The pattern of results in the present study also corroborated with Hypothesis 2 on how maternal coping abilities during the COVID-19 lockdown might have affected children's adaptive behaviors, but through the mediation of children's positive emotional reactions only. Specifically, we found that 57.3% of the overall effect of maternal coping abilities on children's involvement in playing activities can be explained by the mediating effect of the child's positive emotions. The mediation path was not significant for children's negative emotions. Our findings are aligned with theoretical models positing that parents who are able to deal with distress are in conditions to provide a consistent caregiving environment, even in difficult circumstances, that in turn promotes positive feelings in children (63). The literature is consistent in indicating that good coping abilities facilitate the adoption of adaptive parenting behaviors (64), and that the coping style of the parent is associated with the coping style of the child via the mechanisms described by the Social Learning Approach (26, 65). In particular, there are three classes of positive coping mechanisms that have been found to be beneficial in highly stressful situations (66): positive reappraisal, problem-focused coping, and the creation of positive events.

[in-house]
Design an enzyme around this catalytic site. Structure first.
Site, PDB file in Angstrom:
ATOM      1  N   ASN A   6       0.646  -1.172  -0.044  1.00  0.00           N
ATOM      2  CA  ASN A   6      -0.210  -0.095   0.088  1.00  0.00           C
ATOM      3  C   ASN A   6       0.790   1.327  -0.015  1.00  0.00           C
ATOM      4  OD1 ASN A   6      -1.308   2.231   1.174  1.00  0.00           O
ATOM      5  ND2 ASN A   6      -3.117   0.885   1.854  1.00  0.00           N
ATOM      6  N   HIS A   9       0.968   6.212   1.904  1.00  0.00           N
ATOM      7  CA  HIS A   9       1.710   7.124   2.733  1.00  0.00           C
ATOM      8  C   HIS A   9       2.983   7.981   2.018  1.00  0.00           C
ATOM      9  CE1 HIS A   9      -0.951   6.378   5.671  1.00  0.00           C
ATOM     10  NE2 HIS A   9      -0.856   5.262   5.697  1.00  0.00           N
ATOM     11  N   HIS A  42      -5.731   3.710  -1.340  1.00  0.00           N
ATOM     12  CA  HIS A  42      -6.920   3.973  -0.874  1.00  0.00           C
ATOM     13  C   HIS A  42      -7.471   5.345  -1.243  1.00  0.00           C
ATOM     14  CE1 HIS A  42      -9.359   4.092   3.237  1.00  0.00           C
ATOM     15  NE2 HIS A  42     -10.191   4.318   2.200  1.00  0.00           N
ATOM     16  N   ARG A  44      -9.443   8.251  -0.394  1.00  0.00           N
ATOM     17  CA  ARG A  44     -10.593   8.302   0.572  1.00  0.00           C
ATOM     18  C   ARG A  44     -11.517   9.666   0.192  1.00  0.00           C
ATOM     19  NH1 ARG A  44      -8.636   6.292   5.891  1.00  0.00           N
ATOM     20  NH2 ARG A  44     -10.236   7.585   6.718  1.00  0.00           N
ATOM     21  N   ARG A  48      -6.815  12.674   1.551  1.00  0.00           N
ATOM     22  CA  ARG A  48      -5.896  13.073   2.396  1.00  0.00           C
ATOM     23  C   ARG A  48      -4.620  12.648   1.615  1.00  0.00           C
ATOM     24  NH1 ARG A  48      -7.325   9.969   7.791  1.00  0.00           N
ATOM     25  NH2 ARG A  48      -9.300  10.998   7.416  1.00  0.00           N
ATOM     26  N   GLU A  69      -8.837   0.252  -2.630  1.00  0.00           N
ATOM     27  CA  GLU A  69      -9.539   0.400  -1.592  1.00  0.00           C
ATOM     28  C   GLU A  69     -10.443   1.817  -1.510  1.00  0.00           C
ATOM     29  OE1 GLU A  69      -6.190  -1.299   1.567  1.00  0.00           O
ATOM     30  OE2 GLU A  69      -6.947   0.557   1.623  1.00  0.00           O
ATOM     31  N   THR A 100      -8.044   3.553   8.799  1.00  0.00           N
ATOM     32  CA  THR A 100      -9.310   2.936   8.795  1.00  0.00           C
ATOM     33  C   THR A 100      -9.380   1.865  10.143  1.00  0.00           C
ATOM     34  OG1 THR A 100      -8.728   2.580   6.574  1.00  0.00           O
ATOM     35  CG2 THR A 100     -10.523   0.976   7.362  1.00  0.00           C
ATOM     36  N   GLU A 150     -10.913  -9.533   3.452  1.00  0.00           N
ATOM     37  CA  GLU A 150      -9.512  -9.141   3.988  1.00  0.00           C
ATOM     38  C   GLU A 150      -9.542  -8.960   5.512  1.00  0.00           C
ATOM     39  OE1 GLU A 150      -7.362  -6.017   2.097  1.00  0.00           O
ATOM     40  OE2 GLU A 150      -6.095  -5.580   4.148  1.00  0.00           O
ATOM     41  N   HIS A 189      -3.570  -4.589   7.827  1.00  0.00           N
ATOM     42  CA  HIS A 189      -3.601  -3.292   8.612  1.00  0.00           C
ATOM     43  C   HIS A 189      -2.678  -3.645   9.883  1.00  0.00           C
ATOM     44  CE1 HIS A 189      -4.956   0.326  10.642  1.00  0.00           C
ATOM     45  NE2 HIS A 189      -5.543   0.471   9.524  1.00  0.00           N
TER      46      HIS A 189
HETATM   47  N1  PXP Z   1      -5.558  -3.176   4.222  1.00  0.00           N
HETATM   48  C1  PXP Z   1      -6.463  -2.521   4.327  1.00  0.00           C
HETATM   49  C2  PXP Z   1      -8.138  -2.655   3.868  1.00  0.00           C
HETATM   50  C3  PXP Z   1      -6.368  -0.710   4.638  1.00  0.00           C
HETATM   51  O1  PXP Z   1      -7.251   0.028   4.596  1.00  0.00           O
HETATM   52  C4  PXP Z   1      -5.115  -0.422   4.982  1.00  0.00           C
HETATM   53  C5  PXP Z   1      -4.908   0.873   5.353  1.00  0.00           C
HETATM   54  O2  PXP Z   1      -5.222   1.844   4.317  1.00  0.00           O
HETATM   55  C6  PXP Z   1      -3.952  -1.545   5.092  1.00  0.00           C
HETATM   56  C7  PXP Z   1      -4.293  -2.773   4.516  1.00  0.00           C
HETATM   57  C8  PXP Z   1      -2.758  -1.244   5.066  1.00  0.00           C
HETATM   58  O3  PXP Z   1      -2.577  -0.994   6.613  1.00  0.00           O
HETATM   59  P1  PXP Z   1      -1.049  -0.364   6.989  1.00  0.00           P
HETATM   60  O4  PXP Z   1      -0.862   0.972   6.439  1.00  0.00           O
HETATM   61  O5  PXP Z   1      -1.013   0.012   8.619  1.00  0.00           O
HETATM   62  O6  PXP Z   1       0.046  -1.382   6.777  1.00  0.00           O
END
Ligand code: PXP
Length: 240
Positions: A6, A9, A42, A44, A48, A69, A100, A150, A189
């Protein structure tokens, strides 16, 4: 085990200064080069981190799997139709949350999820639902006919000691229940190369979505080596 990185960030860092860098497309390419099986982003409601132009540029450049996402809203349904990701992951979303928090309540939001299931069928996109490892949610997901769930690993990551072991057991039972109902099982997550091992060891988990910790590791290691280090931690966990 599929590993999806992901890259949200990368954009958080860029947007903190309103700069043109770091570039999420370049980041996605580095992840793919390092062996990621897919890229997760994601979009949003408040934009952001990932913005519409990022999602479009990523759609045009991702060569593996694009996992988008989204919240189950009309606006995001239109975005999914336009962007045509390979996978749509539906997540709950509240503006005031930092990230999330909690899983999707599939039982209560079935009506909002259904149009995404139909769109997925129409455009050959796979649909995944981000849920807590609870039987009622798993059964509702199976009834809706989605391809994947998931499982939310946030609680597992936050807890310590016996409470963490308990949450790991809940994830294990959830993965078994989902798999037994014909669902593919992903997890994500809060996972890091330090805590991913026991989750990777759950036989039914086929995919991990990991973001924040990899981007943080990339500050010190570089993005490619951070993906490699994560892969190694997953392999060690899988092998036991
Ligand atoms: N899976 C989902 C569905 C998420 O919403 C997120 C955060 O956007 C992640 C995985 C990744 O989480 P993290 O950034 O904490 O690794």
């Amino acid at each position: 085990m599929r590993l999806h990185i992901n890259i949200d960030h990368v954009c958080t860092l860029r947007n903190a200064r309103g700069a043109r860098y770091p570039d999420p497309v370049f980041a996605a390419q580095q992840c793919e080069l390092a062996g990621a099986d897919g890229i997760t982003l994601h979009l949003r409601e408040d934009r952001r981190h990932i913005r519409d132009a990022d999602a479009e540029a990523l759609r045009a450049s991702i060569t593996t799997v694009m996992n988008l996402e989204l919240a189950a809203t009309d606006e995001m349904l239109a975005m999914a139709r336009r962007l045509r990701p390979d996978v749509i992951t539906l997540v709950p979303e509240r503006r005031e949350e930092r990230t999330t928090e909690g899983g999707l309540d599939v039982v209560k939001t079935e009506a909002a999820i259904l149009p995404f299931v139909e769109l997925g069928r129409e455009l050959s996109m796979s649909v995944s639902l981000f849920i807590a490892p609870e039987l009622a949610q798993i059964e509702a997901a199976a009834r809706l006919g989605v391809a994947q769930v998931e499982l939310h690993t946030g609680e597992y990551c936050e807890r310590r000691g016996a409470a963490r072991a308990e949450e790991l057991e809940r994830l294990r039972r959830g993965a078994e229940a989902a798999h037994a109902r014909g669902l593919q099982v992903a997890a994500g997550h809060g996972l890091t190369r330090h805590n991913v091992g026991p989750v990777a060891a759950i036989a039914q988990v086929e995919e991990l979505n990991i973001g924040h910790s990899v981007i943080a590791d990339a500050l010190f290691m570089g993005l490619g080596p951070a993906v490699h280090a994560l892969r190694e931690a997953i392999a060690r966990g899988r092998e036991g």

Parental distress is characterized by multiple factors (20, 67, 68). In line with this, during the lockdown, mothers were exposed to a certain amount of distress that everybody (not only parents) experienced, such as social isolation, but also to a certain amount of distress specifically linked to their parental role, such as worrying about their own children's well-being or school experience. Moreover, for some families, the levels of experienced distress were even higher due to critical conditions, such as economic issues, marital problems, and taking care of fragile relatives, such as disabled children or elderly parents. It is also worth noting that during the lockdown, job conditions (e.g., health-care professionals and occasional workers) might have influenced the levels of distress. Future research should investigate the unique roles of each of these stressing factors in the interplay between parental and children's adjustment during a lockdown situation. Similarly, transactional models of development (69, 70) consider reciprocal influences between the parent and the child so that parenting distress is known to play a role in the child's behavioral adjustment, but at the same time, a high level of child behavioral problems is responsible for an increase in parenting distress (71, 72). Given this, future research on quarantine and lockdown situations should better understand the overall pattern of the reciprocal effects between children's and parents' responses to the crisis.